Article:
With all that said, best of luck with your applications this cycle!
 
Last edited:

TCinpipeline

Star Member
Oct 31, 2021
28
21
Welcome back everyone to our series of interviews with future trainee solicitors. Today we have a great article lined up in which we had the lovely opportunity to hear from a future trainee at Edwin Coe LLP.


1. Who is your training contract with?

Edwin Coe LLP


2. Are you a law or non-law candidate?

Law


3. Which university did you attend?

University of Warwick


4. Please could you tell us more about your background and current stage?

I am originally from Cheshire, where I attended a leading independent school. I am currently in my 4th and final year of university where I study Law and Business Studies. I will be starting the LPC in September 2021 prior to commencing my TC in September 2022.


5. When and why did you decide to apply to commercial law?

I had the opportunity to undertake a mock interview with an Addleshaw Goddard partner in sixth form. During this interview, I learnt that the Law is frequently exposed to opinion and debate. This resonated with my interest and ability to critically evaluate arguments, having debated topical issues in my school’s Current Affairs Clinic. I had already completed a small internship at my uncle’s private practice specialising in Real Estate & Private Client work, yet it wasn’t until this interview that I was sure that I wished to study law at university.

As an engaged economics student at school, I found that I was interested in understanding how law firms interacted with the macroeconomy and capital markets as independent businesses. This drove me to apply for and fortunately secure multiple insight schemes during my first year of university. Through partner-led presentations and commercial case studies, I appreciated the teamwork required of commercial lawyers to achieve optimal solutions for a diverse range of clients and to help mitigate predicaments before they actually arise.

I found this aspect of a commercial solicitor’s role particularly interesting given the need to constantly engage with the UK’s dynamic and ever-evolving common law system, which coupled with the unparalleled exposure to a different industries facilitated by a career in commercial law, indicated the versatile skills that this career can help one develop whilst also having a positive impact on the wider world.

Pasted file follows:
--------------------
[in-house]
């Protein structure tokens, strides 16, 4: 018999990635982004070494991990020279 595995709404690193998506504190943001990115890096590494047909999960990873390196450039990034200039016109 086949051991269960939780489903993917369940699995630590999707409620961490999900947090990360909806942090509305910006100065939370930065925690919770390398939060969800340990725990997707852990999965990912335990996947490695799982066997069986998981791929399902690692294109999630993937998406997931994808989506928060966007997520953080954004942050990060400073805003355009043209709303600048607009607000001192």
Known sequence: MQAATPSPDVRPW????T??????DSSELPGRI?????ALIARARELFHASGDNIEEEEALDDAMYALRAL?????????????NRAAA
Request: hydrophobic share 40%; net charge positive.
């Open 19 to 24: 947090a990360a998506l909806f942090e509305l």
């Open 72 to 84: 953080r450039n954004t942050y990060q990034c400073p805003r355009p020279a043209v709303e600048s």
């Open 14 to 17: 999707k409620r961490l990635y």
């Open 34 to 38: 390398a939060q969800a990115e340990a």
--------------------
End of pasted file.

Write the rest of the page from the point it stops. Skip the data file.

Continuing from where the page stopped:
6. How many applications did you send?

12


7. How many interviews/offers did you receive?

6


8. How did you go about the application process? Did you map an application strategy?

During the summer after my second year, I devoted considerable time to preparing for the upcoming application season. Having primarily experienced large/mid-sized City & Silver Circle firms at insight days (e.g. inter alia, Hogan Lovells, Taylor Wessing, & Stephenson Harwood), I opted for a blended approach in my application strategy. I knew I wanted to apply to these established City firms – though not the Magic Circle echelons – yet I wanted to keep my options a little more open, since I had the aim of making around 10-12 vacation scheme applications that cycle.

Naturally, this entailed a substantial amount of research over the summer, principally covering every quality source I could find online – especially for the firms I hadn’t met in person before – such as: Chambers’ ‘True Picture’, Lex 100, Legal 500, Vault, & each firm’s social media profile. What I didn’t realise early enough was the extent to which firms can be differentiated by practice area. What I mean by this is on the Legal 500/Chambers firms are grouped in very specific ‘bands’ as dictated by their respective rankings for different practice areas. Using this strategy to research each firm’s practice area strengths provides you with a far more coherent, and crucially, a more nuanced, understanding of how firms differentiate themselves by practice area and their position in the legal market as a whole. In and of itself, this is also considerably more useful than simply knowing that BCLP has a stronger Real Estate practice than Clifford Chance, for example. This strategy is also useful for identifying a firm’s closest competitors.